Dennis Hanagan –
Volunteers from 51 Division will survey residents in Regent Park, St. Jamestown and the Sherbourne corridor this May to hear their concerns about safety in their neighbourhoods.
They’ll be asking questions as part of the division’s summer safety project that starts May 13 and runs to Sept. 2. It’ll have police patrolling the neighbourhoods when they’re not responding to emergency calls.
“The questions will be centred around how safe do you feel in your community. How responsive do you feel the police are to your needs. How strong is the sense of community in your neighbourhood. Essentially (it’s) to get a sense of what the problems are,” Det. David Roberts said in an interview.
The survey will need 20 to 25 volunteers to speak to residents face-to-face. Police want some who can speak different languages. It’ll take place over several days, starting the first or second week of May before the safety project begins.
The division’s Community Police Liaison Committee (CPLC) and community groups that the division works with will be asked to provide volunteers.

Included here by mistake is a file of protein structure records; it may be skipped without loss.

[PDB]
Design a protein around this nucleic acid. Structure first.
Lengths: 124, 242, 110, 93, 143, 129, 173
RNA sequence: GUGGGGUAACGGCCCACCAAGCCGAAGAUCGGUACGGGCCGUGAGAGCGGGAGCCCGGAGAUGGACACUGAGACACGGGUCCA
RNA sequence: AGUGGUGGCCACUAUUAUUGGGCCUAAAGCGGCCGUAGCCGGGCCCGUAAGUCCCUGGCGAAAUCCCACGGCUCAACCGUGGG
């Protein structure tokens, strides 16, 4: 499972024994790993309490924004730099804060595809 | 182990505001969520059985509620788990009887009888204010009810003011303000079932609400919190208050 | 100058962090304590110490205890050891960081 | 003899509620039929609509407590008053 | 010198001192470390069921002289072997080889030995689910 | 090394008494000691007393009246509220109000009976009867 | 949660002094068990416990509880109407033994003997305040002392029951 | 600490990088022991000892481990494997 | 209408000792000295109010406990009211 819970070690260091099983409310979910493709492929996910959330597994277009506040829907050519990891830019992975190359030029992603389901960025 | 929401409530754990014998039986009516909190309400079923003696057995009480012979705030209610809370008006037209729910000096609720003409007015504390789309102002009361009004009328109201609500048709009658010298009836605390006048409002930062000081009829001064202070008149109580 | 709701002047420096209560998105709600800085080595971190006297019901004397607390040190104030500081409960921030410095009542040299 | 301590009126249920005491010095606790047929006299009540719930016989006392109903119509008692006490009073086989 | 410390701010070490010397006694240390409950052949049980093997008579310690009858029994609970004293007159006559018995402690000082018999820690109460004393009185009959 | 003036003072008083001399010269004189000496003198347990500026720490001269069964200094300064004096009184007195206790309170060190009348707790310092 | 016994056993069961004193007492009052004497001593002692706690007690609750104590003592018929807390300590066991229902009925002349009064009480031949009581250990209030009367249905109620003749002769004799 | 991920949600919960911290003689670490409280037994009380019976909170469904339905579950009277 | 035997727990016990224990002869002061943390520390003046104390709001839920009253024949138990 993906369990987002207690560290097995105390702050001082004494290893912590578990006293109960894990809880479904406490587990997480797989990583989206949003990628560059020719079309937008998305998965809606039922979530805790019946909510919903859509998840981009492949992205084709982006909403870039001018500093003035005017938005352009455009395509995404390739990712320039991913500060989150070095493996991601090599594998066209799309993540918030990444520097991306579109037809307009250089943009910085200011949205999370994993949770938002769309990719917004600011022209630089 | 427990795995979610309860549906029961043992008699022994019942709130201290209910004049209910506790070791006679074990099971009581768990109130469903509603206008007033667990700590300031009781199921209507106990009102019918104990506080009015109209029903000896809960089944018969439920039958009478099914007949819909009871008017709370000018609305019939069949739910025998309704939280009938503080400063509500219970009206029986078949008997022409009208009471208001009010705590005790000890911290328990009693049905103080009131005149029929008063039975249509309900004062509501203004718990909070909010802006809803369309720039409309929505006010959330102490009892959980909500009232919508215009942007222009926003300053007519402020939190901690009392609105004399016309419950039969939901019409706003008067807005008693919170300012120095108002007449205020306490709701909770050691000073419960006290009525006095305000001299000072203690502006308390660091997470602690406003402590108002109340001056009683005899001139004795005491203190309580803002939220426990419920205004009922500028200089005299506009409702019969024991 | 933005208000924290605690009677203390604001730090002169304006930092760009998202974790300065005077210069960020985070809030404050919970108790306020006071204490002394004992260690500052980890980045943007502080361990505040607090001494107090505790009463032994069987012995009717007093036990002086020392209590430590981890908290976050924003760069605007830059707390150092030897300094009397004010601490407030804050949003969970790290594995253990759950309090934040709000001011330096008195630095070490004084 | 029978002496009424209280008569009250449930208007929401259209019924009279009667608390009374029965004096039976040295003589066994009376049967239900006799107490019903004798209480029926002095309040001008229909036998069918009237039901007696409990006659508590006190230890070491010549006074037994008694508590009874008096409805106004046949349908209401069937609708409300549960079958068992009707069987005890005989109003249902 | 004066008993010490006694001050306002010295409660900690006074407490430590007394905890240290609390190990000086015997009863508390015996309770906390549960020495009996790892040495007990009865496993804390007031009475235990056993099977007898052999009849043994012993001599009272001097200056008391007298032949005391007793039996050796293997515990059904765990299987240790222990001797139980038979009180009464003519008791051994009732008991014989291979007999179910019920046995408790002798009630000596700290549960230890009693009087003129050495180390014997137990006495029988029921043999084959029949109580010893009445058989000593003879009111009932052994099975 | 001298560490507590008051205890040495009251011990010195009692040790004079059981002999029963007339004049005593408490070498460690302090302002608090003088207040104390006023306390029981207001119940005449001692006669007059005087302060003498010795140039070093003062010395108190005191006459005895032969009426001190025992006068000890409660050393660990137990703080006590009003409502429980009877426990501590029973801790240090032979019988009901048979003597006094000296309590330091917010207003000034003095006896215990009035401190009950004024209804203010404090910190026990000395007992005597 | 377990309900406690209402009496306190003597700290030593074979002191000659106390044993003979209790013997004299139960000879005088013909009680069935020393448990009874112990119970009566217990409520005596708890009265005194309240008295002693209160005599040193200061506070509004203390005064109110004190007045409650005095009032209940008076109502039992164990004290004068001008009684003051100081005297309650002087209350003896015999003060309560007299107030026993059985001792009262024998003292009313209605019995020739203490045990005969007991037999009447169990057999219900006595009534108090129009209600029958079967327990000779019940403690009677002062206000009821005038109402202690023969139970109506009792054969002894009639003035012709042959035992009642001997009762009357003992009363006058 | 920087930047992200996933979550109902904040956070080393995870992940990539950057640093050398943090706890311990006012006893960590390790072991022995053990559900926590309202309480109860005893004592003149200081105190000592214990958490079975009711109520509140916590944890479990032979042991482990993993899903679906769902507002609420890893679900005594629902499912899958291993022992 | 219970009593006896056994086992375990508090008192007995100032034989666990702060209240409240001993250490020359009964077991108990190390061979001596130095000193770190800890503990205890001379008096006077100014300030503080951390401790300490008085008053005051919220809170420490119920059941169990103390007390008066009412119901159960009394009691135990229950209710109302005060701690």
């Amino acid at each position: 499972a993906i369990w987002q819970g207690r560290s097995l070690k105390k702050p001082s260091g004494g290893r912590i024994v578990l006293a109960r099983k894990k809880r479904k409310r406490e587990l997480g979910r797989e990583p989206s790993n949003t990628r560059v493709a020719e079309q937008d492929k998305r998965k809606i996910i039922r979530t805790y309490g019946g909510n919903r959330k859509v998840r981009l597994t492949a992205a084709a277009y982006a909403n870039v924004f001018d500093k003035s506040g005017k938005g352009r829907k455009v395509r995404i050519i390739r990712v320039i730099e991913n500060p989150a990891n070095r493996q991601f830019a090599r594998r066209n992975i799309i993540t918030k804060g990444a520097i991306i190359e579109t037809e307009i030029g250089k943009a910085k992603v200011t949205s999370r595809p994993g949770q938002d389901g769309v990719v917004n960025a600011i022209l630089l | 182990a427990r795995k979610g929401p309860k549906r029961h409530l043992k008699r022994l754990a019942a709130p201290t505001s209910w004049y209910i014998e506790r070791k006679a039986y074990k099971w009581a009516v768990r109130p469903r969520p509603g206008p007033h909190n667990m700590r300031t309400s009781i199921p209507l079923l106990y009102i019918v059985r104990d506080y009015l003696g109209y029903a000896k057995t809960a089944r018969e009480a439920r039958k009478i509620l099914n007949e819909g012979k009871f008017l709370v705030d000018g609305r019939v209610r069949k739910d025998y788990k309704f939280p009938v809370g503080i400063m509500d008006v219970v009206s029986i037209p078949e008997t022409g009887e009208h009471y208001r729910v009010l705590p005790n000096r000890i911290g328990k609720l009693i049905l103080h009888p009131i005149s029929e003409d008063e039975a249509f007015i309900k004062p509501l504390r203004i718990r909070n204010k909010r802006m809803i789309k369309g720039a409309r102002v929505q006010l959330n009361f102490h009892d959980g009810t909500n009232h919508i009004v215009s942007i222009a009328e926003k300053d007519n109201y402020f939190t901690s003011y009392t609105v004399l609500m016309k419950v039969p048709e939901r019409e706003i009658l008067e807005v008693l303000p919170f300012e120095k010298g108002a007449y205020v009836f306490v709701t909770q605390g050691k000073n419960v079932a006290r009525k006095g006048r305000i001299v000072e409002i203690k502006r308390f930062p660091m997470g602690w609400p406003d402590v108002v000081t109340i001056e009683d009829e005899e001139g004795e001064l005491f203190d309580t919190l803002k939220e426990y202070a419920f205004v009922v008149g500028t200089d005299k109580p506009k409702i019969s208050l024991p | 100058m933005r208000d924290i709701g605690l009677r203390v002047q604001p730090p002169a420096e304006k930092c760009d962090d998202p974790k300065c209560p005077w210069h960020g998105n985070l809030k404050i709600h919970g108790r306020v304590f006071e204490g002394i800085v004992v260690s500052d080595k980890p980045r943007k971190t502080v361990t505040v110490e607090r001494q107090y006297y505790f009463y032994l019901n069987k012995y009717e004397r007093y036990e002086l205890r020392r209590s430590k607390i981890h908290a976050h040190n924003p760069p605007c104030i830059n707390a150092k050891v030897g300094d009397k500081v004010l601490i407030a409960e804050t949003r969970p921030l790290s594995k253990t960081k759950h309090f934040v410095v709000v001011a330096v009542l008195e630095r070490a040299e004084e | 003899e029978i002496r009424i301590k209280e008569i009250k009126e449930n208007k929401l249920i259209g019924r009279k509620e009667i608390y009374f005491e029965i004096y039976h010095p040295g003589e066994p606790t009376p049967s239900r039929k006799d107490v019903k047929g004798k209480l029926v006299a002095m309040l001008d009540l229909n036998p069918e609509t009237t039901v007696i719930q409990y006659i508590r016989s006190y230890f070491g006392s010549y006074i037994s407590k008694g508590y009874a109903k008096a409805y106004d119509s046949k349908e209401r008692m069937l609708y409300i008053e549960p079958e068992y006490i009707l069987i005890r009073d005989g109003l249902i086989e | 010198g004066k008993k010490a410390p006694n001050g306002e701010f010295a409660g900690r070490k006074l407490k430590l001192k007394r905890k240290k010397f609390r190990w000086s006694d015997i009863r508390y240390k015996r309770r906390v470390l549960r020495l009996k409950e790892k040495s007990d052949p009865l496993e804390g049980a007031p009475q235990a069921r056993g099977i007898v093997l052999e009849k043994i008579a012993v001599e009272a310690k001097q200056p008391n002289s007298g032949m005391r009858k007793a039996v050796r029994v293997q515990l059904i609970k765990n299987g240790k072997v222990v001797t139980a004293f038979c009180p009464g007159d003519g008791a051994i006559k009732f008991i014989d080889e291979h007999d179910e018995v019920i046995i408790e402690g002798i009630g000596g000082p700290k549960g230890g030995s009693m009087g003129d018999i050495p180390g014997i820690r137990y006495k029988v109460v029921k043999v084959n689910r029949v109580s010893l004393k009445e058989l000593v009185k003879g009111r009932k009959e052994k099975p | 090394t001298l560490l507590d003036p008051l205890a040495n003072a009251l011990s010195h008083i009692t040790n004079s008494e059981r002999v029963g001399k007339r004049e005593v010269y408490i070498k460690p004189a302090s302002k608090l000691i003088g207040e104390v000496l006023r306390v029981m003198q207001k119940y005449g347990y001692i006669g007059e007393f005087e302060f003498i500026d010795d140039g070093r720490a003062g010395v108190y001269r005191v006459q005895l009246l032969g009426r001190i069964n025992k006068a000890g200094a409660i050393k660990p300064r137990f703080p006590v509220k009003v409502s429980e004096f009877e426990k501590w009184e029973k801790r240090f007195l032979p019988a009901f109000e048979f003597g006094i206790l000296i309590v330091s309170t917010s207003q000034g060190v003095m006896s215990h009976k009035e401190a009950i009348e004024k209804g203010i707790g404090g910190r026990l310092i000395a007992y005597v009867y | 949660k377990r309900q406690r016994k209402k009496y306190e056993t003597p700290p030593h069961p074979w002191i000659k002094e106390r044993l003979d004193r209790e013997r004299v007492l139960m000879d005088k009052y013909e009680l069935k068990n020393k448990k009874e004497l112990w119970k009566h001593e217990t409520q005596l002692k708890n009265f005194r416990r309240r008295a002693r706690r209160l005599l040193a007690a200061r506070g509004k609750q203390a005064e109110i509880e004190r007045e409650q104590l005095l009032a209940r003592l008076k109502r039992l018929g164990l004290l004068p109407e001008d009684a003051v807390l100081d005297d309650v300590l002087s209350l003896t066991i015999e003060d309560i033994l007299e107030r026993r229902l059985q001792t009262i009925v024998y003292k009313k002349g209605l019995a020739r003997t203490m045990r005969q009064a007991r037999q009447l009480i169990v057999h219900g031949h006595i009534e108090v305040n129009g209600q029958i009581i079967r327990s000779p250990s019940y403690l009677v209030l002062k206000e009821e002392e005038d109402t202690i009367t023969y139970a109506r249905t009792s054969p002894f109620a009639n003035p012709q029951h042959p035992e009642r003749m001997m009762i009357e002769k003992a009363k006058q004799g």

“We’ll go through the buildings as well as out on the street talking to people to try and get as great a response as possible,” Roberts said. Residents will be asked to rate their concerns on a scale of one to five, ranging from feeling very safe to not safe at all.
When the summer project winds up another survey will be taken asking residents to assess the project’s effectiveness in addressing their concerns.
Roberts said the survey will provide police with a “better insight” as to what neighbourhood safety problems are because the information will come directly from those who live there day-in-and-day-out.
“We just want the community to come out and talk to us,” he said, adding that by establishing a police-resident rapport people might feel less apprehensive about approaching police with crime problems.
“Hopefully that will alleviate some of the concerns someone may have in reporting crimes to the police.”